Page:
They opened several doors along the corridor where Rose's own room was located, but only found a large assortment of variations on the whole "broom cupboard" theme. Rose tried the next corridor, but it was suddenly full of music rooms, junk closets, and the occasional free-standing shower. She shook her head and tapped the wall firmly the first time they'd found that last, but by the third time, she was smiling. Reinette, who had never even seen such a thing before, had no idea what was going on.

"The TARDIS has a bit of a mind of her own," Rose said. "Sorry." She led Reinette into a third corridor, the one where Mickey had eventually found and claimed a space, and the door just past Mickey's opened up on a beautiful but simple suite. There was, Rose noticed, an enormous bathroom off to the side. It was impossible not to notice this, actually, because the door was hanging wide open and clean, soapy water beckoned invitingly.

"She must like you," Rose said gently. "She's set you up a bubble bath and everything."

"It's lovely," Reinette said, taking everything in with wide, incredulous eyes. "Thank you so much. I hardly knew what to expect from a space ship, but this is so very kind."

"I'll try and show you how things work," Rose said, managing, almost against her will, to feel sorry for the woman.

"A moment of your time, first," she said. "I needed to inquire about my duties while I am here."

Oh God, thought Rose. Wrong freakin' century. "You don't have to do anything, honest. Well, except pick up after yourself." She smirked as a bit of fellow feeling occurred to her. Here was another woman. Ok, so the cow wanted to get her hooks into the Doctor, but they could still share jokes, as she had with Sarah Jane. Hopefully. "Oh, and if you can manage a completely vacuous expression while the Doctor's rambling a mile a minute, that would be good. I've been working on mine, but I always seem to mix up 'vacuous' with 'vacant' and he thinks I'm not listening."

The look Reinette gave her in response to this was splendidly bewildered.

"Not bad," Rose said. "He loves to answer questions, and if you don't know what to ask, just looking clueless usually works. Don't just say 'what', though, or he'll look at you like you've... erm... spilled your soup or something."

Reinette's expression cleared then and she smiled. "He prefers to be the wise guide."

Rose snorted. "Wise guy, you mean, but it'll do. But he don't ask anything of us while we're here."

"But you and I both know I must be expected to have some responsibilities?"

Rose eyed her cautiously. "You'd have to ask the Doctor."

Reinette's smile, if Rose was any judge, seemed to be both kind and condescending. A wiser older woman to a young, inexperienced one, a bit too catty for Rose to trust, but utterly honest in all her other body language. "Your manners are admirable, and your discretion does suit a Lady of quality, but Rose, you do not have to be cautious with me. I understand these things. For all that you appear to have been other than a gentle woman in your youth, you have accepted your role with enviable grace."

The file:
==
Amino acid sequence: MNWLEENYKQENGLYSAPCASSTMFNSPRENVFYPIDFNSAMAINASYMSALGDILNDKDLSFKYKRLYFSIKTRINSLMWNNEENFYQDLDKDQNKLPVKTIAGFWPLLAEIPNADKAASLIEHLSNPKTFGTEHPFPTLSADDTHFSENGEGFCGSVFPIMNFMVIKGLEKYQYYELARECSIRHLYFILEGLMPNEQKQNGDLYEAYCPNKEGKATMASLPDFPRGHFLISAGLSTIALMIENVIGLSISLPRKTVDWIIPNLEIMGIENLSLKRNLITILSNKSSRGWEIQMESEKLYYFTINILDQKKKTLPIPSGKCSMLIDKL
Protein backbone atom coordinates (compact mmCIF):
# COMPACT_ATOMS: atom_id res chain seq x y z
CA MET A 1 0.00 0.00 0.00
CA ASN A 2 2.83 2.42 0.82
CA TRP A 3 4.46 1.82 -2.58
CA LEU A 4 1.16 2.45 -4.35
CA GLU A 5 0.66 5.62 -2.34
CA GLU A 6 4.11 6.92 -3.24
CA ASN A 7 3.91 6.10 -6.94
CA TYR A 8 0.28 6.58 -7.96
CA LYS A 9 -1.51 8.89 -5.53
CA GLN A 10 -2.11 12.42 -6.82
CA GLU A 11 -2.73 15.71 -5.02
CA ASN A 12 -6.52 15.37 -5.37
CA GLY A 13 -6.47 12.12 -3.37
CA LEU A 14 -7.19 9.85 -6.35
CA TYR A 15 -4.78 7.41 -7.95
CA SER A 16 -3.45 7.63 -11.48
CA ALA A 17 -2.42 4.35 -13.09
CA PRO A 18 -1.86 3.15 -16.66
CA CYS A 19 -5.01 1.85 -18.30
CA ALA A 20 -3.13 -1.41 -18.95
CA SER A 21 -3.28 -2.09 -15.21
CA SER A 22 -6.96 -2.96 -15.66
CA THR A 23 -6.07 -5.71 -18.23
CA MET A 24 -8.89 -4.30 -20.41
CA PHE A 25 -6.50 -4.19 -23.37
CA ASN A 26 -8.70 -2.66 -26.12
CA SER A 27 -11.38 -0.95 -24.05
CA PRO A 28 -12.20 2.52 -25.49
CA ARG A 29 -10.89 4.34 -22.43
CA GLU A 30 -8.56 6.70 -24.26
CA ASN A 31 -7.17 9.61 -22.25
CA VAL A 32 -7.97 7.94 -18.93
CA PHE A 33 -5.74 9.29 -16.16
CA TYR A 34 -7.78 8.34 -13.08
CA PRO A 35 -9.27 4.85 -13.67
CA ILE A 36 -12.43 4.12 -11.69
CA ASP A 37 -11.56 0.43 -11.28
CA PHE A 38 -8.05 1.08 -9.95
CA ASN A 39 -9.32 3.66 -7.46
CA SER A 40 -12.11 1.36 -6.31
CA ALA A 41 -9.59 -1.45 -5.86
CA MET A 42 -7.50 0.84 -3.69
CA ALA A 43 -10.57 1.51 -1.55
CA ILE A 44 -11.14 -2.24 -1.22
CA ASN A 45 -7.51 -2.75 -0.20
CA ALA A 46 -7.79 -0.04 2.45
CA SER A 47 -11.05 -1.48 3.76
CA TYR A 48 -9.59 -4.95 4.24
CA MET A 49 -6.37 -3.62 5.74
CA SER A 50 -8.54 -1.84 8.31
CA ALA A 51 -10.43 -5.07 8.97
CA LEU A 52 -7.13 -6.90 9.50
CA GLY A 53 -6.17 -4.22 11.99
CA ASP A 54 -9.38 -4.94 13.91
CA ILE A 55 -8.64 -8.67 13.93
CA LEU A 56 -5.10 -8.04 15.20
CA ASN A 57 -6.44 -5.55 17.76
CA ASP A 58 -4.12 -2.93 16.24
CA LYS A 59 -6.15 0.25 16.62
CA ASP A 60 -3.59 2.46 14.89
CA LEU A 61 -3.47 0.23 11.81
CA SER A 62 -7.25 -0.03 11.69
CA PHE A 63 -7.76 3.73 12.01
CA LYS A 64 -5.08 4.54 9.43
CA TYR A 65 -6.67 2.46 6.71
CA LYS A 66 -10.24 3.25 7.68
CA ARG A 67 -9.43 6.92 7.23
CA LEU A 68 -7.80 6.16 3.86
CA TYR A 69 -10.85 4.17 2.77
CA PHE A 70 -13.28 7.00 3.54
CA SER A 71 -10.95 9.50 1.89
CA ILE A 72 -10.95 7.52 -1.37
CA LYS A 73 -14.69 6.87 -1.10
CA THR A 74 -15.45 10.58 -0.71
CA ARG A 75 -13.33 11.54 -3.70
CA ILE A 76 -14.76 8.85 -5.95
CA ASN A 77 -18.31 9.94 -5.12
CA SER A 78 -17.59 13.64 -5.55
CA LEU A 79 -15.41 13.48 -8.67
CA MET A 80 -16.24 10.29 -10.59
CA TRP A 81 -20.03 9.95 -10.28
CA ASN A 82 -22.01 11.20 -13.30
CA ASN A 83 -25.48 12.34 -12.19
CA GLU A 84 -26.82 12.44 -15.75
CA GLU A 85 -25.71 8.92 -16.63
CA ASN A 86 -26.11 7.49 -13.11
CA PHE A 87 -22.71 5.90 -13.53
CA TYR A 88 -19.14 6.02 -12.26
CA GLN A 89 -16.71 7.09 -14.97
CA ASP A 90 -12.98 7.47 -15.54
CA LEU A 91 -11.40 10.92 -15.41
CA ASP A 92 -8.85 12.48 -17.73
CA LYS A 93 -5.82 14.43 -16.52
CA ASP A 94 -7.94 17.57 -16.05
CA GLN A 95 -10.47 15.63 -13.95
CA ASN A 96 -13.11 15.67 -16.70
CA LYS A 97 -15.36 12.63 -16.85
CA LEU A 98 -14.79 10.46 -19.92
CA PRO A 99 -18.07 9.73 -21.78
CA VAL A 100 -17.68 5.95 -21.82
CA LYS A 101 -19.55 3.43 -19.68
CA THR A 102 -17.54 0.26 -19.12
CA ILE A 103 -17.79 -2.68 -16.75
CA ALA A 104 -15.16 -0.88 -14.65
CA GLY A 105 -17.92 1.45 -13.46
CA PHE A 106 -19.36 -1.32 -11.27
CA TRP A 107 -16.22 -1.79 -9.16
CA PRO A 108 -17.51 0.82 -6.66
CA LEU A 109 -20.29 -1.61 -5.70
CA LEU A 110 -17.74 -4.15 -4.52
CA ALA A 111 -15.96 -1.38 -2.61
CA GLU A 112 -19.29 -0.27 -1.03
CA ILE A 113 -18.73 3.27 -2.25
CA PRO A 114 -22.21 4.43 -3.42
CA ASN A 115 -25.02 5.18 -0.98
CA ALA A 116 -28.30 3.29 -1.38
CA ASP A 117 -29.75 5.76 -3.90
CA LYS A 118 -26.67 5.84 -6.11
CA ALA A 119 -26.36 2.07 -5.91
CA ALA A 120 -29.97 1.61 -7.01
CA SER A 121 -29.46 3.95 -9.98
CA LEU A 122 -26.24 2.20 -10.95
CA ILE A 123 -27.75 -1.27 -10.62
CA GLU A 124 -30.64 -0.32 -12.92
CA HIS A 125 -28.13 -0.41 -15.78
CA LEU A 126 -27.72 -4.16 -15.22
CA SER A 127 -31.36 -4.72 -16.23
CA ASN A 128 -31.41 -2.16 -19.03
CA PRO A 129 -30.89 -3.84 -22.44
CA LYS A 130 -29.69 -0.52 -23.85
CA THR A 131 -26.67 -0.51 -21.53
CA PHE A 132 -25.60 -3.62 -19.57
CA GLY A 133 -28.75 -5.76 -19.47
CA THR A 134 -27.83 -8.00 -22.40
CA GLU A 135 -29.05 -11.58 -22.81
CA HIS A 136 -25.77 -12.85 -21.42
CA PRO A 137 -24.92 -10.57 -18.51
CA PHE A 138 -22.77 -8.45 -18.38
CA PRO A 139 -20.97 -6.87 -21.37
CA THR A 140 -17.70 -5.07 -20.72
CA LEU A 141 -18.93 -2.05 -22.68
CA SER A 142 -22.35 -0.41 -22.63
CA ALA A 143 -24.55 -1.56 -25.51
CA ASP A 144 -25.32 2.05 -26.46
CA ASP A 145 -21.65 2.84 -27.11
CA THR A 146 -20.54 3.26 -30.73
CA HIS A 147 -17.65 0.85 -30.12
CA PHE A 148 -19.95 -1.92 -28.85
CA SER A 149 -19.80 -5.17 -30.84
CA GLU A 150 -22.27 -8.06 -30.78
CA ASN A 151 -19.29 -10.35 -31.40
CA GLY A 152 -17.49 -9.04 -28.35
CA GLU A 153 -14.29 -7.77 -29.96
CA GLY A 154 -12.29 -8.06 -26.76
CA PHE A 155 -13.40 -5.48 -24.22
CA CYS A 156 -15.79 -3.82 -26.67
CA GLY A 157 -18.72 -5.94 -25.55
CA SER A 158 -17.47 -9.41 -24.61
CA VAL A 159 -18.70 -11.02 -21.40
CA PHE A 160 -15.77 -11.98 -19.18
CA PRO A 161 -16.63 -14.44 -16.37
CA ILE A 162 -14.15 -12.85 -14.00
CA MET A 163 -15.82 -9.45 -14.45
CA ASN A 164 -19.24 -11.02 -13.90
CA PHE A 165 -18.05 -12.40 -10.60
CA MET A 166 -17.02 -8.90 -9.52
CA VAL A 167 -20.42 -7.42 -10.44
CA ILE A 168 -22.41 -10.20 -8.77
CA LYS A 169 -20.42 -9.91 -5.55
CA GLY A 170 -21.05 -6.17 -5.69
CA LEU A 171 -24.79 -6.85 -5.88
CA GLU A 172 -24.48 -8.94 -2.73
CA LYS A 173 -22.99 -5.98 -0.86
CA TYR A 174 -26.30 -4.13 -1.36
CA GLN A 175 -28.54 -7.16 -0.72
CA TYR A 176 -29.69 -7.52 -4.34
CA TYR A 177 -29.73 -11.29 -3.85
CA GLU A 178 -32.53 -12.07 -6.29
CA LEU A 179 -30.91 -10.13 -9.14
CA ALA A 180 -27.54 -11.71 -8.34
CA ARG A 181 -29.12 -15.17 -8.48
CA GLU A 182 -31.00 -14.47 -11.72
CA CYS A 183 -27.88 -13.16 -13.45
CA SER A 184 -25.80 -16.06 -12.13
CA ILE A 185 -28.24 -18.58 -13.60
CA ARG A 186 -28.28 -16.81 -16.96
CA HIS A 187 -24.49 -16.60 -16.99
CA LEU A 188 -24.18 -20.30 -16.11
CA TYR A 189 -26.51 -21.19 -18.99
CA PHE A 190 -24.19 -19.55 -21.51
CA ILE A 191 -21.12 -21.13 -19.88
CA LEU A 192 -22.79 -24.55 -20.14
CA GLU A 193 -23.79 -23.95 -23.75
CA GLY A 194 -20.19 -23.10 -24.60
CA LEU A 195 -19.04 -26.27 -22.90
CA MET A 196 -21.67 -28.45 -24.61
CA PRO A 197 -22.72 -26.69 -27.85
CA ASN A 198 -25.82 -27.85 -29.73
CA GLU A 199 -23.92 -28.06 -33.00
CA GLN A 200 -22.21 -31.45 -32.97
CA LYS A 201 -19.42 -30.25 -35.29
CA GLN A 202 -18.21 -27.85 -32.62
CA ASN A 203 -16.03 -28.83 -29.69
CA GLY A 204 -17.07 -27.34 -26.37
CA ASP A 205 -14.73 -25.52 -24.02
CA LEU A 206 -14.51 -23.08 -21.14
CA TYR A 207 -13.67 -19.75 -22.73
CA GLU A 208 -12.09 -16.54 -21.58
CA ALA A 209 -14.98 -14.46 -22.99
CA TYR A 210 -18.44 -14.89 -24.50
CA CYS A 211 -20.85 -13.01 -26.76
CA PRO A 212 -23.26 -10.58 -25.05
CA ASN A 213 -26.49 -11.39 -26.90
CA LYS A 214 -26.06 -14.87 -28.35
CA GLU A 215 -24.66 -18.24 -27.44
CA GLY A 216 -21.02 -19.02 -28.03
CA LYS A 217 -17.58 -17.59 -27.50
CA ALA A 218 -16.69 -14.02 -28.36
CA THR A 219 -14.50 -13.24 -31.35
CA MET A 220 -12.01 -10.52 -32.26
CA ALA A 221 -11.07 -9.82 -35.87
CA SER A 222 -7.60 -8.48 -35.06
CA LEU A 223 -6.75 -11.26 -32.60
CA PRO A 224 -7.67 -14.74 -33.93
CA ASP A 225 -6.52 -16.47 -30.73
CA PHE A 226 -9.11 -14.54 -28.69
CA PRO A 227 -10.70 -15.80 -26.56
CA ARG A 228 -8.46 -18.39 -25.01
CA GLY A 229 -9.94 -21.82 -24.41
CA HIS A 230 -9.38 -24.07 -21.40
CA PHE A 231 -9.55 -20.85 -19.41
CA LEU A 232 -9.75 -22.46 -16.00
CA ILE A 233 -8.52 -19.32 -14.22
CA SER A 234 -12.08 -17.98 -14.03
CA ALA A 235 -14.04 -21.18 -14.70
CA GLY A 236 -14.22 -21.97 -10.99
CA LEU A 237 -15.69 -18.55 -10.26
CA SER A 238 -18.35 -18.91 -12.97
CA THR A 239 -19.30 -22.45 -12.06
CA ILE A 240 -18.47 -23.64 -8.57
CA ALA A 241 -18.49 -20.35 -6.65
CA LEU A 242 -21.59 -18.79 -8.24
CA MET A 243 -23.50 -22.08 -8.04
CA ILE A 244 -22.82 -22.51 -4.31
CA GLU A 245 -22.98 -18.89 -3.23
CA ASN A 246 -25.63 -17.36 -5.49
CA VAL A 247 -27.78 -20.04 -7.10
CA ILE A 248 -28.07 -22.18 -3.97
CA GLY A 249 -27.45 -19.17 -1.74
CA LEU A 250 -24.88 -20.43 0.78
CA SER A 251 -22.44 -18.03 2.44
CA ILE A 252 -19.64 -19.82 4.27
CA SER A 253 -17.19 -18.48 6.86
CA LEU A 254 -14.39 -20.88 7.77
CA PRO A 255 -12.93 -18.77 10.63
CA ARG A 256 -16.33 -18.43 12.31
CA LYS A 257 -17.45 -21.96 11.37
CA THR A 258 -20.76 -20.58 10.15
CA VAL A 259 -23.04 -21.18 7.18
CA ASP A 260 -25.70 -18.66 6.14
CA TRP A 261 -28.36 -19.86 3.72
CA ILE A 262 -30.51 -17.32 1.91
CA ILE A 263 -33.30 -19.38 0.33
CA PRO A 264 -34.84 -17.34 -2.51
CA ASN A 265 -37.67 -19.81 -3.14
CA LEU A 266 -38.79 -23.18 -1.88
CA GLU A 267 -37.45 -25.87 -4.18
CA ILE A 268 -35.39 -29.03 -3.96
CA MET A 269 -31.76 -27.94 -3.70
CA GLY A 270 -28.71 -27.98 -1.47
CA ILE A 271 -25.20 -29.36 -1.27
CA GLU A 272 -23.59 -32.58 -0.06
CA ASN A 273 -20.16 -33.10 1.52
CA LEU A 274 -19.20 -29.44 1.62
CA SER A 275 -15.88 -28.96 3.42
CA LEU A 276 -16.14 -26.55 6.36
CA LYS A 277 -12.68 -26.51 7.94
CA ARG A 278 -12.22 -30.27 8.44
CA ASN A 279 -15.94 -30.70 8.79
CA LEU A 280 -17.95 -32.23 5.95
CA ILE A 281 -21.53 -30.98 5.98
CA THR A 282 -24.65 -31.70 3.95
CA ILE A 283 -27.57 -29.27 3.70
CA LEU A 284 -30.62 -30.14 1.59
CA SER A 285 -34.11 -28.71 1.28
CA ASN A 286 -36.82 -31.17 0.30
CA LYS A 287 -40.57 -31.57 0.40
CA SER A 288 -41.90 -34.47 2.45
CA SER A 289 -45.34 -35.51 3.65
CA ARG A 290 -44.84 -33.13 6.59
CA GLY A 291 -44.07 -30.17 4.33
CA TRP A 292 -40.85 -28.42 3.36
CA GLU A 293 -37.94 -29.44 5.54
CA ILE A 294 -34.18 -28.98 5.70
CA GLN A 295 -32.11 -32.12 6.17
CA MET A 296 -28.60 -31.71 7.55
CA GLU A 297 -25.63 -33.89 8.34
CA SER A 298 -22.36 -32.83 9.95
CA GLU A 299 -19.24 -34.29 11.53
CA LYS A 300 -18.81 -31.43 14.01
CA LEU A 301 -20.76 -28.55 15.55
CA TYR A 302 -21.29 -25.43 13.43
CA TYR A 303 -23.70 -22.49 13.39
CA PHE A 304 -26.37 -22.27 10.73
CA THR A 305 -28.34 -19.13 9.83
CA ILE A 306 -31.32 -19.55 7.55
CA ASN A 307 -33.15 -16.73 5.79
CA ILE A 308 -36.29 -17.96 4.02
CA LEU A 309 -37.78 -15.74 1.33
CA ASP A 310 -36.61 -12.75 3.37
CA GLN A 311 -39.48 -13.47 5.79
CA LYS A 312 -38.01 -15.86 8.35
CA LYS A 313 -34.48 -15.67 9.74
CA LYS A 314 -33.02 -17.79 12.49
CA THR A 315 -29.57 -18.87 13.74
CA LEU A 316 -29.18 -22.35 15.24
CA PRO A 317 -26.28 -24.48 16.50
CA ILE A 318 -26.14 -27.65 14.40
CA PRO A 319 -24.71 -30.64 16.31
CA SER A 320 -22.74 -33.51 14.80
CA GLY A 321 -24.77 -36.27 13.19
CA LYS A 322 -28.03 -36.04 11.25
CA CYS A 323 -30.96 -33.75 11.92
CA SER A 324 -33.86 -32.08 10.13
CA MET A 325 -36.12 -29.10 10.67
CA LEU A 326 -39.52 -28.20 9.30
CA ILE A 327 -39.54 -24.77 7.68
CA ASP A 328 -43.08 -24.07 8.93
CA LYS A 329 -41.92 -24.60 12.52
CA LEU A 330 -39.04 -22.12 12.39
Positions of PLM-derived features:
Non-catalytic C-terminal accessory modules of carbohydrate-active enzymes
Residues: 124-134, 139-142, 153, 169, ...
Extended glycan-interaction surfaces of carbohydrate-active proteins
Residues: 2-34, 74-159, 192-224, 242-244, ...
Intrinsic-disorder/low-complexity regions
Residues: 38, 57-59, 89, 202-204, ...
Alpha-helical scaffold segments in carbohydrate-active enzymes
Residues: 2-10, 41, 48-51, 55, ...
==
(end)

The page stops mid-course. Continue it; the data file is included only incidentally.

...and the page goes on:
"Sorry," said Rose, "but I've no idea what you're on about. I'm not in it, at all."

"You will not know this, of course, as you are young, and the men are never privy to such secrets we keep amongst ourselves, but it is not uncommon for us to work these things out between us and leave them none the wiser. When will I be required to attend him... personally?"

Rose really, really didn't want to even think about that. Mostly, it was because she expected you'd be able to see the steam roll out of her ears if she did. "You'd have to ask him," she mumbled, again.

"Now, dear Rose, let us not be coy. It is not uncommon for such needs to arise. You are a well brought up lady, I can see that, though you're not of gentle birth. It means little. Men are known to have needs that a gentle woman could not be expected to tolerate."

"What?" Rose breathed, softly, incredulously.

Reinette appeared to be getting a bit annoyed with her now, but she still plodded on, a patient teacher with a very slow, dull pupil. "I would prefer to make myself available to him when it is more convenient for you. It would put less strain on our relationship and allow you and he to maintain yours with greater equanimity. Please do not think poorly of yourself, dear girl. As a consort of a great man, you will have to come to understand that these things are caused because they are men, and not by any failure on our part as women."

Rose thumbed through that speech idly, her brain gibbering in the corner of her skull, trying to direct her attention to one word. "Sorry?" was all she managed to get out.

"My dear, you will always be his wife. I am merely a token of his great station, something expected of him."

Rose burst out laughing. "His... what?"

Reinette sniffed, mortally offended. "What is the jest, then?"

Right. So where'd she get that idea? Rose thought about it until Reinette's expression grew thoroughly annoyed and, since she couldn't piece it together in her head, she said, "How'd you find out I was his... consort, then?"

"I saw inside his mind. It's so vast, in there, within his thoughts, but so many turn to you, the lonely angel's shining goddess. I didn't recognize you at first when we met because your image in his mind is... different. But when you spoke about the monsters, and you spoke so kindly, I realized who you were."

Oh, so that was why Reinette went on and on about how 'they' loved him and 'they' knew he was worth the monsters. She'd got some weird, half-arsed idea from somewhere inside the Doctor's skull and thought she was seeing a reality.

"Look, Reinette, I don't want to hurt your feelings, or anything, but whatever you saw, it wasn't real. Maybe some random fantasy he had for a minute before he changed or something, but not really me, ok? We're not married, he doesn't love me, and if he did want me, he wouldn't have to have a mistress for whatever it is you think."

As Reinette continued to gape at her, the other woman's expression quite dubious of Rose's sanity, she decided she had no choice but to clear it up once and for all. "Seriously. He's my best friend, honest, and I'd do anything for him, already have, actually, but he's not my lover or nothing. If he was, he could have me bent over the console or swinging from the chandelier in the library, I couldn't care less. So trust me when I tell you that isn't what any of us are here for, s'far as I know. And have a bath."

And she turned and left the room, breathing heavily, hands clenched into fists. The only thing bottling the tears inside her was the titanic, thunderous rage that clenched her throat tight shut. She stormed up the corridor to her bedroom and, to her supreme gratitude, found it waiting for her just past the juncture.

At least the TARDIS still loved her.